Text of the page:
Bawden, D. Robinson, L 2009, The dark side of information overload, anxiety, and other paradoxes and pathologies, Journal of Information Science, 25, No. 2. 180-191.
Bower, J. L. Paine, L.S 2017, The error at the heart of corporate leadership, Harvard Business Review Press, May-June.
Dahl, R. C. Lutz, A. Davidson, R. J 2015, Reconstructing and deconstructing the self: Cognitive mechanisms in meditation practice, Trends in Cogitive Sciences, 19, no. 9 515-523.
Hougaard, R. Carter, J. Coutts, G 2016, One second ahead: Enhance your performance at work with mindfulness, Palgrave Macmillan, New York.
Killingsworth, M. A. Gilbert, D. T 2010, A wandering mind is an unhappy mind, Science, 390, 932.
Miller, D. Xu, X 2017, MBA CEOs, short-term management and performance, Journal of Business Ethics, 1-16.
Miller, G.A 1956, The magical number seven, plus or minus two: Some limit son our capacity for processing information, Psychological Review, 63, 81-97.
Newell, B.R. Shanks, D.R 2014, Unconscious influences on decision making: A critical review, Behavioural and Brain Science, 37, no. 1. 1-19.
Reudy, N.E. Schweitzer, M. E 2010, In the moment: The effect of mindfulness on ethical decision making, Journal of Business Ethics, 95, 73-87.

Student workload expectations

Activity Hours
Directed Study 55.00
Independent Study 70.00
Practice 40.00

Assessment details

Description Marks out of Wtg (%) Due Date Notes
ASSIGNMENT 1 A 20 20 05 Apr 2019
ASSIGNMENT 1 B 20 20 05 Apr 2019
ASSIGNMENT 2 A 30 30 31 May 2019
ASSIGNMENT 2 B 30 30 31 May 2019

Important assessment information

  1. Attendance requirements:
    Online: There are no attendance requirements for this course. However, it is the students' responsibility to study all material provided to them or required to be accessed by them to maximise their chance of meeting the objectives of the course and to be informed of course-related activities and administration.

    On-campus: It is the students' responsibility to attend and participate appropriately in all activities (such as lectures, tutorials, laboratories and practical work) scheduled for them, and to study all material provided to them or required to be accessed by them to maximise their chance of meeting the objectives of the course and to be informed of course-related activities and administration.

  2. Requirements for students to complete each assessment item satisfactorily:
    To satisfactorily complete an individual assessment item a student must achieve at least 50% of the marks for that item.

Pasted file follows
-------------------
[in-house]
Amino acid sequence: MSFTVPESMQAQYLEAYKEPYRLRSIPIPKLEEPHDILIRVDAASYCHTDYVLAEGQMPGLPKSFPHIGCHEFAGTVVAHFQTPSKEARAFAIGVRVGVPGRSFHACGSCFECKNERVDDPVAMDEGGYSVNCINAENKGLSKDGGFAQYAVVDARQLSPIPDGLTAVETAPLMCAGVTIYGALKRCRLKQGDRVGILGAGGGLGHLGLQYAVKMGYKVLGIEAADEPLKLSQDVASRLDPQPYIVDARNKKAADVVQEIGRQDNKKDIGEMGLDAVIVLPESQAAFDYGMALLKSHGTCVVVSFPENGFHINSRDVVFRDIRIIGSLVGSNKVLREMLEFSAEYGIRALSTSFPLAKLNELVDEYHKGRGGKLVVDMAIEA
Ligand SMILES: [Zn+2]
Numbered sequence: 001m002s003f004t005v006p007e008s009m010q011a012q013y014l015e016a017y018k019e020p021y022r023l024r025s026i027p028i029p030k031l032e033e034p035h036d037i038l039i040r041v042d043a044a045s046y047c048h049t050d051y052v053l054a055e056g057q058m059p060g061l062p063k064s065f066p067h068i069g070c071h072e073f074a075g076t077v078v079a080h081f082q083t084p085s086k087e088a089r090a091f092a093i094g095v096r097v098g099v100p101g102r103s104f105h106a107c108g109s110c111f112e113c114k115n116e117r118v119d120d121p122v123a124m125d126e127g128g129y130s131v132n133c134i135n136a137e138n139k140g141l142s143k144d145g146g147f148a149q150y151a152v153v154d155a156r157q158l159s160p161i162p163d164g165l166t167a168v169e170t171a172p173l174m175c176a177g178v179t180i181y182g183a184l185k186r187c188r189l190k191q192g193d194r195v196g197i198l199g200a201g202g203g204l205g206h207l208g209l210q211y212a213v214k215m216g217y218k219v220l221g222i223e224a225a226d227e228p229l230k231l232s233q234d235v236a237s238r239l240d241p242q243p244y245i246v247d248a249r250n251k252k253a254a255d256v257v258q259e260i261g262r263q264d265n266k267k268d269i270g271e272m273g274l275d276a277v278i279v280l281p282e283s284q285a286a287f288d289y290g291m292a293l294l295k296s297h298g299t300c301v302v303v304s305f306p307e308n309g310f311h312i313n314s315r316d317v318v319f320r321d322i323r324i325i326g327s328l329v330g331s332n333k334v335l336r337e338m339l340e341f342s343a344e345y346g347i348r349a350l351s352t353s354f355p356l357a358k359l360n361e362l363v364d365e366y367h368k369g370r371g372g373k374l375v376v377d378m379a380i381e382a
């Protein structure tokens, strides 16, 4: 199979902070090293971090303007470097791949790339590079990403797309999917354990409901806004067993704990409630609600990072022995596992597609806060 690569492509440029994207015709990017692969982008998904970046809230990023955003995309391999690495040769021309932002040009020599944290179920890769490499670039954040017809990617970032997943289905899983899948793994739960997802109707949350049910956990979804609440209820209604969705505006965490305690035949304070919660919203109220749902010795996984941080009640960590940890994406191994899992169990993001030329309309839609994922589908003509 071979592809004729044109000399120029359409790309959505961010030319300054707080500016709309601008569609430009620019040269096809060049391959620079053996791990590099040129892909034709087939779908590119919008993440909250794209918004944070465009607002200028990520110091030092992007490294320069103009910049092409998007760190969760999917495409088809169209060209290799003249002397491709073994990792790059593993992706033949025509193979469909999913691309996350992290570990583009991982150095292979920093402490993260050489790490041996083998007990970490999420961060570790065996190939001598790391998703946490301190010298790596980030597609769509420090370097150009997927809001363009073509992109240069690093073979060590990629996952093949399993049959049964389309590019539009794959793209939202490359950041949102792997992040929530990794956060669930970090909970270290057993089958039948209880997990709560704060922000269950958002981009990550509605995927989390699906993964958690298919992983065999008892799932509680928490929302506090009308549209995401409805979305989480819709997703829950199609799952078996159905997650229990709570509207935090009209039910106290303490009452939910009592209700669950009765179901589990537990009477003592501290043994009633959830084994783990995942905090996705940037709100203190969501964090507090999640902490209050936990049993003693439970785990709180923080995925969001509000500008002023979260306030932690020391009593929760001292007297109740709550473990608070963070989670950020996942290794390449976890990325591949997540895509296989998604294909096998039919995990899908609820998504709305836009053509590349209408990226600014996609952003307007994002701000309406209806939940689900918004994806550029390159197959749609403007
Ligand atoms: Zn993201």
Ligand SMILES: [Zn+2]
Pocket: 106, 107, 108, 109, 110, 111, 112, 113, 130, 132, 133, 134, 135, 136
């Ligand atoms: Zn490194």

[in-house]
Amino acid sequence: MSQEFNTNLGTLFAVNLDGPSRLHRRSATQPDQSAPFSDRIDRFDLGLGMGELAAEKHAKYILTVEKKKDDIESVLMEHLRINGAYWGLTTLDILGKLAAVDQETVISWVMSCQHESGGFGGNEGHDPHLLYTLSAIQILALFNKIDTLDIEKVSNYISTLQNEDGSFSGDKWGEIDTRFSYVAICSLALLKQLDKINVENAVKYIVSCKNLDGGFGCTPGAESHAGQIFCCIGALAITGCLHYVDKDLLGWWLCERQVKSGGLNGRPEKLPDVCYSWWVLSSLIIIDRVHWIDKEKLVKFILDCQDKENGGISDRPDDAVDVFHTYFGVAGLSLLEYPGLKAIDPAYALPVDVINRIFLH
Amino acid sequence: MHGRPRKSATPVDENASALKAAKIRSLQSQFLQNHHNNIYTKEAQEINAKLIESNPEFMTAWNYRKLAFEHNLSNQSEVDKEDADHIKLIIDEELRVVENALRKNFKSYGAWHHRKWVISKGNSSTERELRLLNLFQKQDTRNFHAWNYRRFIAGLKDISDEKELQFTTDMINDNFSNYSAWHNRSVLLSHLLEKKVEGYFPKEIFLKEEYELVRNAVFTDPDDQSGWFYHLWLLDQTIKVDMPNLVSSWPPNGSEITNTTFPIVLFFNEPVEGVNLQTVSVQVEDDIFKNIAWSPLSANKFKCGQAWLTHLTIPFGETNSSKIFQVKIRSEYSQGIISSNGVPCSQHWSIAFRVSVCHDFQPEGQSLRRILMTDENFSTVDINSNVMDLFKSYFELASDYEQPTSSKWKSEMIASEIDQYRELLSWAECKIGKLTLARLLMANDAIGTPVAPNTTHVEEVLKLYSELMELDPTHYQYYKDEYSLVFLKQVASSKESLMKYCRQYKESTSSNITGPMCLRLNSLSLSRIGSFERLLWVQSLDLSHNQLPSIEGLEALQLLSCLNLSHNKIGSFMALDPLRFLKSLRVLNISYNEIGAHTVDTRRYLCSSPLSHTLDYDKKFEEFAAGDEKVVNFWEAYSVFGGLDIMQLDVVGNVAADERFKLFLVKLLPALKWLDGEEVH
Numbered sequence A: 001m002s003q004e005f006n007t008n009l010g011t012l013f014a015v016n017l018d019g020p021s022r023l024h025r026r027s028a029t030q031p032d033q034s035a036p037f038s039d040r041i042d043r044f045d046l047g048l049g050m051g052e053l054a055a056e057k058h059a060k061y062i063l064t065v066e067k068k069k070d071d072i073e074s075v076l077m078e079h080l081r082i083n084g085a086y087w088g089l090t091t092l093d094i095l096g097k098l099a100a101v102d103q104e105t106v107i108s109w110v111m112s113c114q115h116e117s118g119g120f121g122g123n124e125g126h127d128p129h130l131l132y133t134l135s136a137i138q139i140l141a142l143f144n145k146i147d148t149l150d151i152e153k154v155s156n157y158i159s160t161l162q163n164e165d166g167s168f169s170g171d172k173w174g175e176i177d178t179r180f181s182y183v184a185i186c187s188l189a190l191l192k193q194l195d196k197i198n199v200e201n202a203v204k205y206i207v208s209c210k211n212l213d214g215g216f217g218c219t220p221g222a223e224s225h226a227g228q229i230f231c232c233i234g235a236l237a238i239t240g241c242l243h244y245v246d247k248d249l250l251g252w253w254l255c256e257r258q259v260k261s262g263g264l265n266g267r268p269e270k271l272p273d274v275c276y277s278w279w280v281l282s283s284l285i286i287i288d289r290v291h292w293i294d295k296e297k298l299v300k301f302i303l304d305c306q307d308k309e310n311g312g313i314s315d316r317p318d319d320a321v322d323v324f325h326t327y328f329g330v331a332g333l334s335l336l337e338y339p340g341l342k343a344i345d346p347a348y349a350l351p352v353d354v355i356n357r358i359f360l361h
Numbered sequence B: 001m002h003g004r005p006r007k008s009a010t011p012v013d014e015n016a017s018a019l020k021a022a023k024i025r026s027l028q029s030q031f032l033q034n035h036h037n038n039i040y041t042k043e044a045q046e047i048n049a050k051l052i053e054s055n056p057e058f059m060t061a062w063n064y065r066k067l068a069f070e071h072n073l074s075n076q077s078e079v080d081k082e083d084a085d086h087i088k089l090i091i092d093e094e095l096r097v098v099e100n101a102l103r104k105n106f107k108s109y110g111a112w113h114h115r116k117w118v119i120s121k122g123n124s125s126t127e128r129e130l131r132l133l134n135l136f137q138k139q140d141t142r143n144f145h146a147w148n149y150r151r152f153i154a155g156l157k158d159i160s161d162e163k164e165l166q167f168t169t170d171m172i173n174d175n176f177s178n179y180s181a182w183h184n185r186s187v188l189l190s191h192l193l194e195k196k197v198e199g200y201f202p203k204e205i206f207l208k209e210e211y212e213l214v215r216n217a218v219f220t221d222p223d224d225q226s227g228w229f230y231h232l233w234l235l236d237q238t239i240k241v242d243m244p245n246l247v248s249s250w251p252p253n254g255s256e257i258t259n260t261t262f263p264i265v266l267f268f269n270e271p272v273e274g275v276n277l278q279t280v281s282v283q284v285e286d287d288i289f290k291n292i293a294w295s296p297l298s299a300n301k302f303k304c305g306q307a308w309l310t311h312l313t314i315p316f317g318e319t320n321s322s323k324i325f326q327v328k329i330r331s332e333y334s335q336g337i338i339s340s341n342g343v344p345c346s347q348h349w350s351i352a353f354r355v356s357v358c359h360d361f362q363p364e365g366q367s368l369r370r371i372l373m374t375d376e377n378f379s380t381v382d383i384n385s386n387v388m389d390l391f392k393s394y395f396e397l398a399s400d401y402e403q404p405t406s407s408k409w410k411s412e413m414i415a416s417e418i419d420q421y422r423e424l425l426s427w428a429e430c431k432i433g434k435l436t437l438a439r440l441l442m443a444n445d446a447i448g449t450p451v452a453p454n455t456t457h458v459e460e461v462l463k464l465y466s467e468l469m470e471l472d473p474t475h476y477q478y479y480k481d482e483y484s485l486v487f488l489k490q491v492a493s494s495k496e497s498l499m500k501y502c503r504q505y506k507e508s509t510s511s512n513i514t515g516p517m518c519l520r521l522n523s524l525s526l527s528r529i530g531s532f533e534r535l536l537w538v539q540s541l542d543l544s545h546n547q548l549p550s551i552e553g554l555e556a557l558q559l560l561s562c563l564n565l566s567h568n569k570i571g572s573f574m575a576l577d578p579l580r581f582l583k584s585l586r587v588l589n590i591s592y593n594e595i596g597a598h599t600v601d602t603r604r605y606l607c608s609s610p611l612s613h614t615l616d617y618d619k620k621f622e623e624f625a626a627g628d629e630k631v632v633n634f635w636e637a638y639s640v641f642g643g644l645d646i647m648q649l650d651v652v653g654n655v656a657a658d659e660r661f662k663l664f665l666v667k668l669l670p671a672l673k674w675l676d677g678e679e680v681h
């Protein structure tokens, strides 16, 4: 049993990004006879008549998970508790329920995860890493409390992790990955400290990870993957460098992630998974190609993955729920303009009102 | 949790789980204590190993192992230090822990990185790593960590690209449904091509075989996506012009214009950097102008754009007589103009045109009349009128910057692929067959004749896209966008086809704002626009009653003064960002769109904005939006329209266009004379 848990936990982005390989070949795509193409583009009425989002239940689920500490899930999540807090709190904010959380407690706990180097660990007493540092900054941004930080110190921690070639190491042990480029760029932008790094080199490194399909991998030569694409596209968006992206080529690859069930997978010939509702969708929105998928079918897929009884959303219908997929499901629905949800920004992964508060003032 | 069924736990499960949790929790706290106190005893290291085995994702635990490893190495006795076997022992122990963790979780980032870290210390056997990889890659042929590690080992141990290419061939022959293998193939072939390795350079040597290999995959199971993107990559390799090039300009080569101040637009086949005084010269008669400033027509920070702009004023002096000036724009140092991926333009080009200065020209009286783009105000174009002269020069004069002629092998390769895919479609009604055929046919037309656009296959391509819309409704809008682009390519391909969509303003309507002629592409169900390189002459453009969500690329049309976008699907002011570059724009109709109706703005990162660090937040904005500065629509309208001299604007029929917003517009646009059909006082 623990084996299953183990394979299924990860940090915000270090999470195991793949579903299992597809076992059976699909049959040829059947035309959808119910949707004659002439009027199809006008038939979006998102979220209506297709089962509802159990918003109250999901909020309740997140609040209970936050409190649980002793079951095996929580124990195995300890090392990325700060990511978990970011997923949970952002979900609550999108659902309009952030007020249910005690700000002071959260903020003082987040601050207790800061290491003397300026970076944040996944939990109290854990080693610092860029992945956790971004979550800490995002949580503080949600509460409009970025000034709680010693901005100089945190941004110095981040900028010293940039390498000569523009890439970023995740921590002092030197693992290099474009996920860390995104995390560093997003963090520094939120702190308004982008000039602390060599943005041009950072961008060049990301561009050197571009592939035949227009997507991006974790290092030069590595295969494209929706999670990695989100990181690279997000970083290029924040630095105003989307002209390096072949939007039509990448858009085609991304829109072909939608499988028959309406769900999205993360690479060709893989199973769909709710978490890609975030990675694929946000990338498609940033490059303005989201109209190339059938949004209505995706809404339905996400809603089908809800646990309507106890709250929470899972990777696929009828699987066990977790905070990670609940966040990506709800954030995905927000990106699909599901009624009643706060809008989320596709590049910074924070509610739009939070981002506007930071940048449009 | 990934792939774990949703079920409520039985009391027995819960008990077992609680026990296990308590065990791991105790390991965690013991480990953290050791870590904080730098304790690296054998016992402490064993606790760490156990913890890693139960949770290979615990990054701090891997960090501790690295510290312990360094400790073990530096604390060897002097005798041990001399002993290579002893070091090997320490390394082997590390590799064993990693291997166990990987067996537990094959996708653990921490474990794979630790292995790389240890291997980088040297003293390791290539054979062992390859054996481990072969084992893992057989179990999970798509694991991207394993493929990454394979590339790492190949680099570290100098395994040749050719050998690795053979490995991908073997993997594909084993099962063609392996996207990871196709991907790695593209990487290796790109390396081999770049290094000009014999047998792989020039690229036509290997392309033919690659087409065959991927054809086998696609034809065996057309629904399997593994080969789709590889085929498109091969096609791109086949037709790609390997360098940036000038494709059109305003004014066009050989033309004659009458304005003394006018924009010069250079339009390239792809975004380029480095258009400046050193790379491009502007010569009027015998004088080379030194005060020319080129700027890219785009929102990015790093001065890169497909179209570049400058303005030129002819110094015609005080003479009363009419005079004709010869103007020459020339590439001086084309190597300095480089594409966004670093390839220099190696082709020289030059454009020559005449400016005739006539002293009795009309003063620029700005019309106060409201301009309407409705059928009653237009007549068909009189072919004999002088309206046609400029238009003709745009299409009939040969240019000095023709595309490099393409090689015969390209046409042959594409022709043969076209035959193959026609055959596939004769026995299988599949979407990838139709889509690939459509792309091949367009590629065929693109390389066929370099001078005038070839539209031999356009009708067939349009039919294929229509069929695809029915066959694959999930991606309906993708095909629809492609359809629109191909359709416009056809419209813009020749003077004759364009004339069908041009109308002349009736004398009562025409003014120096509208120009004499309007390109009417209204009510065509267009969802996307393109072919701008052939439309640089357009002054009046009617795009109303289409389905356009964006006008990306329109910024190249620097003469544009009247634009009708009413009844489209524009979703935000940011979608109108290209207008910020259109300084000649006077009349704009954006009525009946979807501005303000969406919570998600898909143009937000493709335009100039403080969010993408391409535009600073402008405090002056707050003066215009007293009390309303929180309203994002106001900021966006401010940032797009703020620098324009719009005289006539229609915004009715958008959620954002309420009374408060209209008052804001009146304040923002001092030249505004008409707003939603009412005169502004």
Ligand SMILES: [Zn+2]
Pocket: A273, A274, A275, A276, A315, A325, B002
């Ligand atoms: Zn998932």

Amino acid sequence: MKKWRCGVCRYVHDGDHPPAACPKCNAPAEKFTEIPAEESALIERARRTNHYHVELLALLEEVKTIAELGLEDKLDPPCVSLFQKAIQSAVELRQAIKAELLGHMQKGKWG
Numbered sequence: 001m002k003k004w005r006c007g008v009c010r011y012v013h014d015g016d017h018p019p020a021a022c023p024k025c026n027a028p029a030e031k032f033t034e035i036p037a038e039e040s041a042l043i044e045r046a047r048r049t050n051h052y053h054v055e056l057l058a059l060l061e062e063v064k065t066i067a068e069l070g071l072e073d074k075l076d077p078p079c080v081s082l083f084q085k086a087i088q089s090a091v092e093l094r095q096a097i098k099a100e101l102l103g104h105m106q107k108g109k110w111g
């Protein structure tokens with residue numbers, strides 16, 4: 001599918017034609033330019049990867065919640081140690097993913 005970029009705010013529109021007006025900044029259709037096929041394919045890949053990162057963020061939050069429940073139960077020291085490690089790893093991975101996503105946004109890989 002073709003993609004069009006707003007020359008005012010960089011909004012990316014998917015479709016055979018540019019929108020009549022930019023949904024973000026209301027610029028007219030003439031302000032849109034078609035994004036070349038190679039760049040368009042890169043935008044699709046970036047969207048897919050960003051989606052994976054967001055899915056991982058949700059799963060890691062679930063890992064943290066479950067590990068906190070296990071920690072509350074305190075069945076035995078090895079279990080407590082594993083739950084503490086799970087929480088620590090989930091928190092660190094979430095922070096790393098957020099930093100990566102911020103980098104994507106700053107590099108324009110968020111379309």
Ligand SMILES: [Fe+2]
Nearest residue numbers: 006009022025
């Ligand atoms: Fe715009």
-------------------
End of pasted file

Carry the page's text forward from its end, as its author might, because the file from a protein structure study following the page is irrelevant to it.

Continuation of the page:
3. Penalties for late submission of required work:
    Students should refer to the Assessment Procedure (point 4.2.4)

  4. Requirements for student to be awarded a passing grade in the course:
    To be assured of receiving a passing grade a student must achieve at least 50% of the total weighted marks available for the course.

  5. Method used to combine assessment results to attain final grade:
    The final grades for students will be assigned on the basis of the aggregate of the weighted marks obtained for each of the summative items for the course.

  6. Examination information:
    There is no examination in this course.

  7. Examination period when Deferred/Supplementary examinations will be held:
    There is no examination in this course, there will be no deferred or supplementary examinations.

  8. University Student Policies:
    Students should read the USQ policies: Definitions, Assessment and Student Academic Misconduct to avoid actions which might contravene University policies and practices. These policies can be found at

Assessment notes

  1. Referencing in assignments must comply with the Harvard (AGPS) referencing system. This system should be used by students to format details of the information sources they have cited in their work. The Harvard (APGS) style to be used is defined by the USQ library’s referencing guide. This guide can be found at

Evaluation and benchmarking

In meeting the University’s aims to establish quality learning and teaching for all programs, this course monitors and ensures quality assurance and improvements in at least two ways. This course:

  1. conforms to the USQ Policy on Evaluation of Teaching, Courses and Programs to ensure ongoing monitoring and systematic improvement.
  2. and is benchmarked against the internal USQ accreditation/reaccreditation processes which include (i) stringent standards in the independent accreditation of its academic programs, (ii) close integration between business and academic planning, and (iii) regular and rigorous review.